George Gilder is famous among conservatives. For decades, I have heard positive things about him, primarily for his work in supply-side economics and, more recently, in technology. “The Scandal of Money” is an unsuccessful attempt to combine the two. Criticizing both Left and Right, and most of all Wall Street, Gilder calls for unleashing economic growth through a monetary restructuring—namely, a return to the gold standard, buttressed by Bitcoin.
Like Daniel Burnham, Francis Fukuyama makes no small plans. “The Origins of Political Order” aspires to be nothing less than an all-encompassing explanation of how human beings created political order. This book carries Fukuyama’s analysis up to the French Revolution; a second volume carries the story to the modern day. This volume is mostly taken up with creating and discussing a coherent framework that explains political order before the modern era. Much of what Fukuyama discusses here is non-Western societies, which makes it particularly interesting.
Anne-Marie Slaughter’s book is compelling. But too frequently it relies on unsupported, and in fact unvoiced, assumptions. And like a stick figure with one leg, the result is instability.
“The Forgotten Man” is both history and warning. It’s a great social/political history of the Depression. Rather than a recitation of economic facts, it emphasizes the personalities of relevant leaders in many fields and views the Depression through their interactions, with particular focus on the inability of the government to actually fix the Depression, despite their best (and not-so-best) efforts. The “forgotten man” of the title, in its usual historical frame, refers to Franklin Roosevelt’s use of the term—the politically weak voters on whom Roosevelt focused to get their votes, and supposedly rescued from economic despair. Shlaes resurrects in parallel the original and alternate meaning, of the man who bears the costs of government schemes directed at others.
This is a magisterial book, pulling together innumerable threads into a coherent, cohesive whole. It is actually a different book than I expected—it spends much more time on the sociology and philosophy of science, in the abstract and as tied to and generated by each society, and much less time on individual scientific inventions and advances. Those do appear, of course, but more by way of illustration than discussion. So if you’re looking for a catalog of inventions, you may be disappointed (though Huff apparently has a later book that is more that), but you’ll probably learn more with this book written the way it is.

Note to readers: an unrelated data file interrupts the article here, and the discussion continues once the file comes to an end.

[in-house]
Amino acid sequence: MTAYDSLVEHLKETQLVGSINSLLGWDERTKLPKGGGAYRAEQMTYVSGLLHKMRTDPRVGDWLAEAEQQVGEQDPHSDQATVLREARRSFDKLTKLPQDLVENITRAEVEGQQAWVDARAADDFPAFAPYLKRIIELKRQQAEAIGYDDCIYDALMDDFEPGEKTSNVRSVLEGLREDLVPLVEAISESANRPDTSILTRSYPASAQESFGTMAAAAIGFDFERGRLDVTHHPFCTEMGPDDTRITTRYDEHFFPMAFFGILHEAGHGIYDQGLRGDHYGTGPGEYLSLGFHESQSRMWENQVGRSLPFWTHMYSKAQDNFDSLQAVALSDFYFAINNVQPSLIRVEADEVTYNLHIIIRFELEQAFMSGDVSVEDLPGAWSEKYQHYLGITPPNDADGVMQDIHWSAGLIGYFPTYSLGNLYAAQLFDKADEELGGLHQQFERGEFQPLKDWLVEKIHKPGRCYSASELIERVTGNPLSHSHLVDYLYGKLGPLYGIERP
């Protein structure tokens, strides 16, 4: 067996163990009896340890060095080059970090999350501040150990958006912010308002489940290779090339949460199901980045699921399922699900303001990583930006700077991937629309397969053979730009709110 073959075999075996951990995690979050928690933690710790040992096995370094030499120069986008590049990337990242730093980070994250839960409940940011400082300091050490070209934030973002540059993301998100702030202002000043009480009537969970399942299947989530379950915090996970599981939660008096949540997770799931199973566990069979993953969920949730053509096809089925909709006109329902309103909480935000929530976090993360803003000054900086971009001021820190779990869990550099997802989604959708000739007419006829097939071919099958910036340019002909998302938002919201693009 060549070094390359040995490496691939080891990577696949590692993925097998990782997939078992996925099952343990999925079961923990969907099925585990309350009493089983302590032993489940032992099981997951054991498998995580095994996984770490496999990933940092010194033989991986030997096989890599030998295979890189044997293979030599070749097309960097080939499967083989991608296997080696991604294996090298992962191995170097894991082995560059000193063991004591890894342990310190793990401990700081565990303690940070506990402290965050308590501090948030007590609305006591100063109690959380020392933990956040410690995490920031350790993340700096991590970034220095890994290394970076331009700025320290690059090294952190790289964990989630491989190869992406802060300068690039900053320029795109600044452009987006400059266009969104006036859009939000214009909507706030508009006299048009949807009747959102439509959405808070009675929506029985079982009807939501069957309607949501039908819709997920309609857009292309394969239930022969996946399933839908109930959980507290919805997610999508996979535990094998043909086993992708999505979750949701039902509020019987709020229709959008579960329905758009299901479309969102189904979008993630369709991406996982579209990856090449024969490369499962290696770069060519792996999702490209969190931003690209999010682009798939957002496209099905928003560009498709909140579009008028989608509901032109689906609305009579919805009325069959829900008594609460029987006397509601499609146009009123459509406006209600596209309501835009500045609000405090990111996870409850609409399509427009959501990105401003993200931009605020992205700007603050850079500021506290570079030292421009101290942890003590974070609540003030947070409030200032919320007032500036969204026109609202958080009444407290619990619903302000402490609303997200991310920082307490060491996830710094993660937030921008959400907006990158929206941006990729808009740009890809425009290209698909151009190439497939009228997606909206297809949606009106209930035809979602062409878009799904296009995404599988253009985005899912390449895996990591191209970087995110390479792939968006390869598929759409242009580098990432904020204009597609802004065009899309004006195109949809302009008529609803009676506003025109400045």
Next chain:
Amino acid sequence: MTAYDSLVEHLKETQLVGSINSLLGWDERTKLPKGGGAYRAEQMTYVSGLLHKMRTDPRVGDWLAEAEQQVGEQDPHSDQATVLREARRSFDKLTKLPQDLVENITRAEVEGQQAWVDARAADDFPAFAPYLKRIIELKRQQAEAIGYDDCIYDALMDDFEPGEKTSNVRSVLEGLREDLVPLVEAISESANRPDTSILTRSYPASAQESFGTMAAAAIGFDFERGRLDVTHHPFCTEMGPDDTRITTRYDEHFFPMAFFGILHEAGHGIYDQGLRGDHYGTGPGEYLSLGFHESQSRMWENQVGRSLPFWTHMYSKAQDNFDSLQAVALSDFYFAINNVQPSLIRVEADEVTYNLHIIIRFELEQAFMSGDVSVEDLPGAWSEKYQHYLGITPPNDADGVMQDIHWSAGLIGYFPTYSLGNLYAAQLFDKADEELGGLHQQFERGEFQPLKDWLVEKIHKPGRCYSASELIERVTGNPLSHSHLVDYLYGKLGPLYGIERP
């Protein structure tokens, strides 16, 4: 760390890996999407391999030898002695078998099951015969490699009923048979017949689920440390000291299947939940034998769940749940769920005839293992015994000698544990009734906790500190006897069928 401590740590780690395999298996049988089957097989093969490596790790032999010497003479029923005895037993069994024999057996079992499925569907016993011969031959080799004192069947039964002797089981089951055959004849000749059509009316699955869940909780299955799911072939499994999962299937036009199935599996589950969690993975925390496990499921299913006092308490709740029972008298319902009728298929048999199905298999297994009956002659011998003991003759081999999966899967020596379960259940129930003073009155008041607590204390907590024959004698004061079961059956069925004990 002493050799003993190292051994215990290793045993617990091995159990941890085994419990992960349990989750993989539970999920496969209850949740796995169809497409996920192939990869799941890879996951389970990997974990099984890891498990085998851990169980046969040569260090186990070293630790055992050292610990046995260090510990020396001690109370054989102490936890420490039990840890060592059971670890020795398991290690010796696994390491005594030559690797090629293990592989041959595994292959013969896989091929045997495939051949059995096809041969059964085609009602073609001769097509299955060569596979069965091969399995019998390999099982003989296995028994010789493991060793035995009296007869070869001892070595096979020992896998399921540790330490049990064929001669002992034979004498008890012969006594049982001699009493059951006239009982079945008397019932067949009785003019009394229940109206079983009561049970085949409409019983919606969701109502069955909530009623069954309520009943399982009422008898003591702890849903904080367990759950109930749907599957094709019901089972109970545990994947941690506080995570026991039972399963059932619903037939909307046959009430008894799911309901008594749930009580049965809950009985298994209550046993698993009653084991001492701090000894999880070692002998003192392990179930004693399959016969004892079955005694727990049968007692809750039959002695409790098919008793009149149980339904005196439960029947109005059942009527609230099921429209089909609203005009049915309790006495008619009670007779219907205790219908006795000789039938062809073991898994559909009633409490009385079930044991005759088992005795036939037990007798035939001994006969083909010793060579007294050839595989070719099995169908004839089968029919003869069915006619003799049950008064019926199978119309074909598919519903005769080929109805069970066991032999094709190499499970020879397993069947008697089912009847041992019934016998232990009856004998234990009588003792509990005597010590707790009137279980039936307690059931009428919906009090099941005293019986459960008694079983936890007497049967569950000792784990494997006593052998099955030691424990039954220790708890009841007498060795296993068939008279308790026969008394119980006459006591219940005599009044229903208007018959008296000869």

This is a deeply pessimistic book. Charles Murray warns, Cassandra-like, of the ill effects that are resulting and will result from the economic and cultural divergence between the upper and lower classes. Even so, he tries to be optimistic, and he succeeds in being optimistic himself, but he doesn’t succeed in convincing the reader to be optimistic.
I am a criminal. More precisely, I am the kind of criminal that Charles Murray likes. Now, as is well-known, everyone is a criminal nowadays, because of the enormous expansion of deliberately vague and open-ended criminal laws. The average American commits multiple federal felonies every day. But Charles Murray specifically wants every American to commit a precise type of relatively limited crime, and I realize with joy that I have been happy to oblige his request for several years.
“The White Man’s Burden,” despite its inflammatory title, is a measured analysis of the ability of the West to help alleviate poverty in the rest of the world. The title is actually ironic, for the book concludes, in essence, that most of the burden the West has taken on has led to no improvement and much waste. This book is a companion, in many ways, to Easterly’s later book “The Tyranny of Experts.” It also has much in common with other books focusing on both the Great Divergence and the lifting of the poor out of poverty, in particular Angus Deaton’s recent book, “The Great Escape,” and James C. Scott’s seminal “Seeing Like A State.”
In the United States, most of us glimpse Venezuela in flashes. We know that Hugo Chavez is dead, and we know that his socialism has run Venezuela into the ground. As of this writing, in August 2015, it is a crime-ridden hellhole that has reached the stage of military confiscation of foodstuffs from farmers for redistribution, and is declining fast to Zimbabwe levels. But most of us don’t know more. That’s where this relatively short book provides real value.
“Empire Of Cotton” is really two books. First, it’s an exhaustive exposition of the history of cotton as a textile raw material. That’s about 80% of the book, and by exhaustive I mean very, very exhaustive. Second, and unfortunately dominating, it’s a puerile, scattered, self-contradictory and confused attack on the Great Boogeyman “Capitalism,” along with sustained criticism of anything originating in or related to European culture. This book is a sort of “Occupy For Eggheads.” But not for very clear-thinking eggheads.